Go Play: Travel through time with L’Eroica vintage bike race | PostIndependent.com

Go Play: Travel through time with L’Eroica vintage bike race

Racers prep at the starting line in downtown Grand Junction for the L’Eroica Grand Junction to Glenwood Springs Vintage Bike Race in 2013. This year's event is set for Saturday, May 17, with racers leaving from Main Street at 7 a.m. Spectators are welcome.
Lee Gelatt Photography |


WHAT: L’Eroica Grand Junction to Glenwood Springs Vintage Bike Race

WHEN: Saturday, May 17; racers will leave from downtown Grand Junction at 7 a.m. & spectators are encouraged.

WHERE: Brown Cycles, 549 Main St., Grand Junction

COST: $70 per rider; same-day registration is OK

INFO: http://www.browncycles.com/leroica.htm

One-hundred-and-two miles by any calculation is a fair distance by bike.

Add in wool knickers, cycling caps, dated equipment, and a few turn-of-the-century athletic dresses, only one race comes to mind — the grueling fourth annual L’Eroica Grand Junction to Glenwood Springs Vintage Bike Race.

Set for Saturday, May 17, this points-based beast of a competition leaves from downtown Grand Junction at 7 a.m., heading on a twisty-turny route to Glenwood Springs. Organizers expect the first string of racers to arrive in Glenwood between 1:30-2 p.m., with the remainder of riders to trickle in by dinner.

L’Eroica is “based on a historical training ride that happened in 1897-1915,” a race release said. “The 102-mile ride followed the Midland Trail (Railroad) from Grand Junction to Palisade, up Plateau Canyon and on to Glenwood.”

Same-day registration is allowed, and the rider with the most points — taking into consideration finishing times, age, technology, outfit and even hairstyle — wins a pair of golden knickers and bragging rights. Awards will be given at a banquet planned for The Glenwood Vaudeville Revue later that evening, with seven-time Tour De France racer and Olympian Ron Kiefel scheduled to speak.

“The event draws on itself,” L’Eroica organizer and Brown Cycles owner Chris Brown said, noting a huge showing of fake moustaches at last year’s event. “In 2013, we had about 50 riders, and we expect about the same this year.”

Many L’Eroica participants come from out of town and repeat riders are prevalent. This year folks from Florida, Georgia, New Mexico and Oregon will compete, with a large incidence of riders hailing from Colorado’s East Slope.

According to Brown, in keeping with the historic theme, gun-toting “saloon girls” (i.e. kind volunteers) will offer lemonade, muffins and (jokingly) themselves to the riders as they clatter in for a much needed rest stop midway through the route east of Collbran.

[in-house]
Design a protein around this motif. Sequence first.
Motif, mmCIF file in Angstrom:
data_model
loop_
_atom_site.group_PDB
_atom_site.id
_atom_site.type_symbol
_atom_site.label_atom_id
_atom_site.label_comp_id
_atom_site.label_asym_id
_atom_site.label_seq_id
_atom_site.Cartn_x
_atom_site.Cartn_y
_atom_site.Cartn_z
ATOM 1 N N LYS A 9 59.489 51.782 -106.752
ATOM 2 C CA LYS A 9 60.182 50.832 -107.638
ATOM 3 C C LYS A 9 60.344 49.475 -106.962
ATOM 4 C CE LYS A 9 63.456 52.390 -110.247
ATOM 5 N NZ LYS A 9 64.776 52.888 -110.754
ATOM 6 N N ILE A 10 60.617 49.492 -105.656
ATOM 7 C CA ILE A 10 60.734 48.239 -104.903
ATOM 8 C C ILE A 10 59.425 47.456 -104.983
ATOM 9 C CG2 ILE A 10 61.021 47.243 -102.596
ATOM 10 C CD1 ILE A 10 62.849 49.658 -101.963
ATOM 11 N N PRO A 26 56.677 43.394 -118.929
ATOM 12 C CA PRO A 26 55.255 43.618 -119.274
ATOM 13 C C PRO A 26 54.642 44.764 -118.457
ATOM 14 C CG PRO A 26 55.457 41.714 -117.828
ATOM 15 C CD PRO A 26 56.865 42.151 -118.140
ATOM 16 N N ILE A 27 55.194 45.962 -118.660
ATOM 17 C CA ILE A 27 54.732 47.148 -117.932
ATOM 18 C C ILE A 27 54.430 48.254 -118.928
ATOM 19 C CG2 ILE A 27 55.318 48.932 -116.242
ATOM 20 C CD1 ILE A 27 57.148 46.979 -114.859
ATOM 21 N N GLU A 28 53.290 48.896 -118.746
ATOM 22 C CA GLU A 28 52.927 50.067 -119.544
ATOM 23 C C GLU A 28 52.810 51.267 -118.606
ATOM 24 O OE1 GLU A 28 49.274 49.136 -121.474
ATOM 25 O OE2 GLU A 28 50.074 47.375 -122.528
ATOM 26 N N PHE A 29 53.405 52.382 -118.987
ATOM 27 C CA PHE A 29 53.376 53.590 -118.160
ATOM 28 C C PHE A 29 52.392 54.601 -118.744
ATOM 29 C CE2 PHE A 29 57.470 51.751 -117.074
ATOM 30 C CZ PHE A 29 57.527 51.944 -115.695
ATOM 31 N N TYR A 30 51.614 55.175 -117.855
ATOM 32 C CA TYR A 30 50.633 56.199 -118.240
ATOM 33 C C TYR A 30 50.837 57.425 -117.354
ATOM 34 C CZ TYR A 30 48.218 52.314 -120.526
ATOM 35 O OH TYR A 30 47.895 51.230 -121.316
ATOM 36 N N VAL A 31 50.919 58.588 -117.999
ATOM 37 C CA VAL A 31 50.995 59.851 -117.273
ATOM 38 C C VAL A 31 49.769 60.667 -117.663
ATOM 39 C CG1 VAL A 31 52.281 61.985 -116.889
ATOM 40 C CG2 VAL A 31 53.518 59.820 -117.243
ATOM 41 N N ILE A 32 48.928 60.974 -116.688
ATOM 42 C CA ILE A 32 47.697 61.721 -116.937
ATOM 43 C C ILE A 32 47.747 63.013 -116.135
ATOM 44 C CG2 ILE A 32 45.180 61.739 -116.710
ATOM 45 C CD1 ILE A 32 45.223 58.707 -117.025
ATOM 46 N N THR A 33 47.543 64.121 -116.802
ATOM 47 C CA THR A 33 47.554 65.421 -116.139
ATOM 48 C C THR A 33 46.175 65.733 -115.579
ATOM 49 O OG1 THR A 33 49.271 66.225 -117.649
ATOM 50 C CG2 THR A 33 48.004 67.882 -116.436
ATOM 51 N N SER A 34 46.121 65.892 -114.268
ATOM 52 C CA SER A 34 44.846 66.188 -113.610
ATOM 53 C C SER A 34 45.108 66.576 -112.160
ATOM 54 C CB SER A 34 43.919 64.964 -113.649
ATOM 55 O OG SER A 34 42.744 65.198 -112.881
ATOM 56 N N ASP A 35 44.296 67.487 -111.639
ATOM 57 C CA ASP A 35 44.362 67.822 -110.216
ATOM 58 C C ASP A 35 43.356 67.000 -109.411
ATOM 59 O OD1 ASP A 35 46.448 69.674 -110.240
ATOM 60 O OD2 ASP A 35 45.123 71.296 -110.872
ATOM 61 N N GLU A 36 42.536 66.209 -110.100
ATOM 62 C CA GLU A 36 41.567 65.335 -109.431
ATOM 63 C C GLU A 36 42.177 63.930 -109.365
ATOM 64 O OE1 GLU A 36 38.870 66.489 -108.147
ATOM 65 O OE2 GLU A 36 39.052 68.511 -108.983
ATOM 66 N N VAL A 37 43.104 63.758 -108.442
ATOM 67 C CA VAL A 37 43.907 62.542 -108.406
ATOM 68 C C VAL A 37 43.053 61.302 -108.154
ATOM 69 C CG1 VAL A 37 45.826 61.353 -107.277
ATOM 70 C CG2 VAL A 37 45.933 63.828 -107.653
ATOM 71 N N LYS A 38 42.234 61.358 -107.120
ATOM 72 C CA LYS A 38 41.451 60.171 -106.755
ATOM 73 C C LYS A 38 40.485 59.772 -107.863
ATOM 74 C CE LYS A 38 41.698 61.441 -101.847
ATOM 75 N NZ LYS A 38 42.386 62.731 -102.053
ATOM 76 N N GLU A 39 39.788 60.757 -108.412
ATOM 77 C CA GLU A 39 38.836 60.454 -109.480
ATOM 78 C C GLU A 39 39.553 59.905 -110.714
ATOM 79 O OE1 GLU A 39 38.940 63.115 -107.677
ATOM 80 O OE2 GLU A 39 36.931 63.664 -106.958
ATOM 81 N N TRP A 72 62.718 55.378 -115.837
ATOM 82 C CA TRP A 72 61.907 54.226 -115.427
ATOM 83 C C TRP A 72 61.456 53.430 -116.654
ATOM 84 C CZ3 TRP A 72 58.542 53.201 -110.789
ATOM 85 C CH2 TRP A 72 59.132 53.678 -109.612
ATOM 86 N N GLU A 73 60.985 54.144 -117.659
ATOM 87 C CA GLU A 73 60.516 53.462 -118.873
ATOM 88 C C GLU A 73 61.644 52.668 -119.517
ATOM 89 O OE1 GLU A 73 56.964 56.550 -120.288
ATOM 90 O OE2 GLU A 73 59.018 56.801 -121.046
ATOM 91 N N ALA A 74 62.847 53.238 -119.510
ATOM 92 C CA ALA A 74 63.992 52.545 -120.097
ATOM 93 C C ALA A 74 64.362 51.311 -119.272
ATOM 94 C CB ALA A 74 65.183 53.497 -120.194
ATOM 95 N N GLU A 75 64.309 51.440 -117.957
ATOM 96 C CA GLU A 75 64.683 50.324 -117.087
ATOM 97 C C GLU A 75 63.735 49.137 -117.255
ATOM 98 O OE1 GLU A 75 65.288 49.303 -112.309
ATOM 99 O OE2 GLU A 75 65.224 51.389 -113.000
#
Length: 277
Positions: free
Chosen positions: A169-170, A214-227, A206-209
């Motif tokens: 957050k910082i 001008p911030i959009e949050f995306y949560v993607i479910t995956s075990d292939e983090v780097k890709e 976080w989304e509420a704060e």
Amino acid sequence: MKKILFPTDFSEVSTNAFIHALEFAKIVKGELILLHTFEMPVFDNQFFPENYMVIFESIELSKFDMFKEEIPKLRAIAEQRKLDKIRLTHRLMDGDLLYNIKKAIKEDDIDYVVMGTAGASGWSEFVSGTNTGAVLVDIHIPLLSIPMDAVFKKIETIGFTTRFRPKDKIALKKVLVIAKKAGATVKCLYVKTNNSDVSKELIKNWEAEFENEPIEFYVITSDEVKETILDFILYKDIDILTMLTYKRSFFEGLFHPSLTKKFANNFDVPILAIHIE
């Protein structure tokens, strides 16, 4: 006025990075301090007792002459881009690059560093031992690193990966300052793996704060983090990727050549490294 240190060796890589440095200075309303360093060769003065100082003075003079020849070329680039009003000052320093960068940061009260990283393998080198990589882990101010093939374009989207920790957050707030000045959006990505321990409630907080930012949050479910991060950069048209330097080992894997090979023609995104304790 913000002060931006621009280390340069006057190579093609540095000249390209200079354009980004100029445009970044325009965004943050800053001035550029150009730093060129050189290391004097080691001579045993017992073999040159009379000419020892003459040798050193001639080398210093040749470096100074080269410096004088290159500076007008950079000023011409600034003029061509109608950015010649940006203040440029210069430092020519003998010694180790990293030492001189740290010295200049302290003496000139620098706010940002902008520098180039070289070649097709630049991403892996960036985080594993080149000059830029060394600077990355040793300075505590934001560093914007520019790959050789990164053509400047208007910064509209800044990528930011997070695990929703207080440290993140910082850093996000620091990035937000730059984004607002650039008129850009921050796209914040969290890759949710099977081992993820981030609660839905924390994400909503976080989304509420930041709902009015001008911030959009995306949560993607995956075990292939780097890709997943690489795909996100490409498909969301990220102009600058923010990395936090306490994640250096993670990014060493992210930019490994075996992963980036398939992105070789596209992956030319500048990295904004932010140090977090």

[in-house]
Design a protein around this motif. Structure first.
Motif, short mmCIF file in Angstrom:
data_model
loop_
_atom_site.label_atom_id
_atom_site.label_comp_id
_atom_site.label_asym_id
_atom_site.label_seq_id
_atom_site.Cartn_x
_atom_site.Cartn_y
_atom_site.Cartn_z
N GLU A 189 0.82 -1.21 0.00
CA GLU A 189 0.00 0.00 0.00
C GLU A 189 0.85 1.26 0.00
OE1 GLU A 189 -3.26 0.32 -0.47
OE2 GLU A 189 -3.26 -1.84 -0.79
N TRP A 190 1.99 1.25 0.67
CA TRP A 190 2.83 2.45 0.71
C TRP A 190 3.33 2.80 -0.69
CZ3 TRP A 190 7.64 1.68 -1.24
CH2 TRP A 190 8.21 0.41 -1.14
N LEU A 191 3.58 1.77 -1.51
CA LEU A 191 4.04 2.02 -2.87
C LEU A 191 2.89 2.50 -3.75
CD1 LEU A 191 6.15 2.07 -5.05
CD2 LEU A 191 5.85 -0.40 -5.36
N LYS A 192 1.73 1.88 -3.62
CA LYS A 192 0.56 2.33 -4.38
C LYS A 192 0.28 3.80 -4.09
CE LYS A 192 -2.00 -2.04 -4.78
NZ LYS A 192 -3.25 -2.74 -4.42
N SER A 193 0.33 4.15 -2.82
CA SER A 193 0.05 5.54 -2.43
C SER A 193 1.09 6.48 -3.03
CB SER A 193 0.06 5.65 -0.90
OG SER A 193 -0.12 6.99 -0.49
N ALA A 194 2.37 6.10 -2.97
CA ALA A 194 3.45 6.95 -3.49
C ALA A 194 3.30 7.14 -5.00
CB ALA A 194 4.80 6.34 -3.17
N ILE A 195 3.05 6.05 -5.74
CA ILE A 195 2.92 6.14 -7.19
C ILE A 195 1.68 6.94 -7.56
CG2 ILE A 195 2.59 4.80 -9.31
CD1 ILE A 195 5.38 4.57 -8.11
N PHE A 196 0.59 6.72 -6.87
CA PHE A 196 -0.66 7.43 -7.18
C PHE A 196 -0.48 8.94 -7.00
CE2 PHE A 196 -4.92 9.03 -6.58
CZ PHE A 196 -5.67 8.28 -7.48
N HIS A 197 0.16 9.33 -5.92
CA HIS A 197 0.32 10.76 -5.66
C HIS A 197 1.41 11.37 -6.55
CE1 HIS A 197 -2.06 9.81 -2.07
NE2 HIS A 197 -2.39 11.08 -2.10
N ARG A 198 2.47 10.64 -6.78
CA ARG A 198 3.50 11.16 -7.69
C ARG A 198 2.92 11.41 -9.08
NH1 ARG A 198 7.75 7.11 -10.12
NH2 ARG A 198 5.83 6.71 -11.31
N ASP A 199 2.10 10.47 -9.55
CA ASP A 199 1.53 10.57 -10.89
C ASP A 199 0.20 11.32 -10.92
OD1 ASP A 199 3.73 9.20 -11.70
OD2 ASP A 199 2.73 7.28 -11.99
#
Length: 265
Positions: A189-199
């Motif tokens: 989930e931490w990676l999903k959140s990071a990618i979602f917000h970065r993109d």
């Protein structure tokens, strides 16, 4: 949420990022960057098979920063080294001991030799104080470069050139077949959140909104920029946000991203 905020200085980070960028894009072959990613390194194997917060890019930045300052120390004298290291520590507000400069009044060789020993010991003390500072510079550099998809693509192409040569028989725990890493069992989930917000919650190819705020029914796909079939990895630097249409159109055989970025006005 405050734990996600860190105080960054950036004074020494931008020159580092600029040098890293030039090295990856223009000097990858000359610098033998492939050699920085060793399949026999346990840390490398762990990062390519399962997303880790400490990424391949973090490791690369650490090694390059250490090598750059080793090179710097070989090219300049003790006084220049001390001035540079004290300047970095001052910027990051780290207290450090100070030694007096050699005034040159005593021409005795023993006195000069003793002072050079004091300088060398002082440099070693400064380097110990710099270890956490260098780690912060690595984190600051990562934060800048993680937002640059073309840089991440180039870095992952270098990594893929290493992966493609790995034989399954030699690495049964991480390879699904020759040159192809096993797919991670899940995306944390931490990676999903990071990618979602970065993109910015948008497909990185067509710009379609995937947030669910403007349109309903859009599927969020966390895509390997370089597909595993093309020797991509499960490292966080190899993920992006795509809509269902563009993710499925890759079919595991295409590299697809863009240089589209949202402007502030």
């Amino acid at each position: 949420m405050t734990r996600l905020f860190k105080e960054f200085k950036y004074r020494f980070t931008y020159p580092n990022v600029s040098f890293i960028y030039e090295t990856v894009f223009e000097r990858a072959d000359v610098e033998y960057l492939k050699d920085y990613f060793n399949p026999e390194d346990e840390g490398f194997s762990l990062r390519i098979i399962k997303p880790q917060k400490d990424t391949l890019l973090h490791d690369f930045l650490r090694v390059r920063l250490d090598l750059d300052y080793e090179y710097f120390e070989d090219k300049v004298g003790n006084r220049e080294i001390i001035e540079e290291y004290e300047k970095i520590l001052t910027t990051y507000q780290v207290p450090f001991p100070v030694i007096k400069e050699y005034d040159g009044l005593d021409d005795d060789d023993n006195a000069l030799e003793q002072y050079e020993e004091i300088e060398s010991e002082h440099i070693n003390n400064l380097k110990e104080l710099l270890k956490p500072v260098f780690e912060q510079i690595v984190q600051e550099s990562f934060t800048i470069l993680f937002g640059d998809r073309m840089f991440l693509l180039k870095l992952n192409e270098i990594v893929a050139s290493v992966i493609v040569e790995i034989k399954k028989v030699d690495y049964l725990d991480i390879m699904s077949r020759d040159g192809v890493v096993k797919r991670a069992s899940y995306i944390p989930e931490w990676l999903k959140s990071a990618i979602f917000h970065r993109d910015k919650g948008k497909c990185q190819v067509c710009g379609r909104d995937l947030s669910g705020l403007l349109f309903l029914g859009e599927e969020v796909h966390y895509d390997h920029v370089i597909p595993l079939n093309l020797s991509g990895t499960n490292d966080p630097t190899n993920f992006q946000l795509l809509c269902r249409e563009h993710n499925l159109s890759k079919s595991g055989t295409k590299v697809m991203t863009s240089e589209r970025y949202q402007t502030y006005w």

“There’s no Gatorade or power bars,” Brown added. “We offer period snacks, too.”


Kristin Winn, an avid Grand Junction cyclist who plans to ride L’Eroica for the first time with her son, found the pattern for her “athletic outfit” online.

“I bought an 1890s pattern for a women’s bicycle suit,” she said. “It includes a fitted jacket with huge mutton sleeves, a tam hat with a pompom, a big bow, and leggings. You wouldn’t dare show any actual leg, you see, in 1890. I’ll probably wear long knee socks instead of the leggings.”

In keeping with L’Eroica’s vintage theme, Winn sewed her suit on an antique sewing machine out of home-spun cloth, softened with vinegar over many wash cycles. Practice rides in bloomers tied with ribbons will be included in her training regime.

“Bloomers were pretty radical at the time,” she said. “If that’s what women had to wear, we’ve come a long way.”

Not to be outshined, Brown plans to race wearing a hand-made onesie — “technically, it’s a unitard,” he said — while riding a bike dating back to 1889.

“It was found in a barn in Fruita, with no tires and no seat,” he noted. “Everything else was on it. Grand Junction was founded in 1881, so the bike is the same age as the town.”

And while period costumes certainly lend to the race’s visual appeal, it’s the challenge that captures Brown’s imagination.

“You really can relate to your great-grandfather’s plight,” he explained. “It’s mentally challenging, and challenges are scary. It’s a big reason I started it.”

Stay tuned for years to come — Brown aims to flip the race, starting it from Glenwood every other year.

“If you have an event, it needs to change.” he said. “It’s a totally different ride when you come the other way.”

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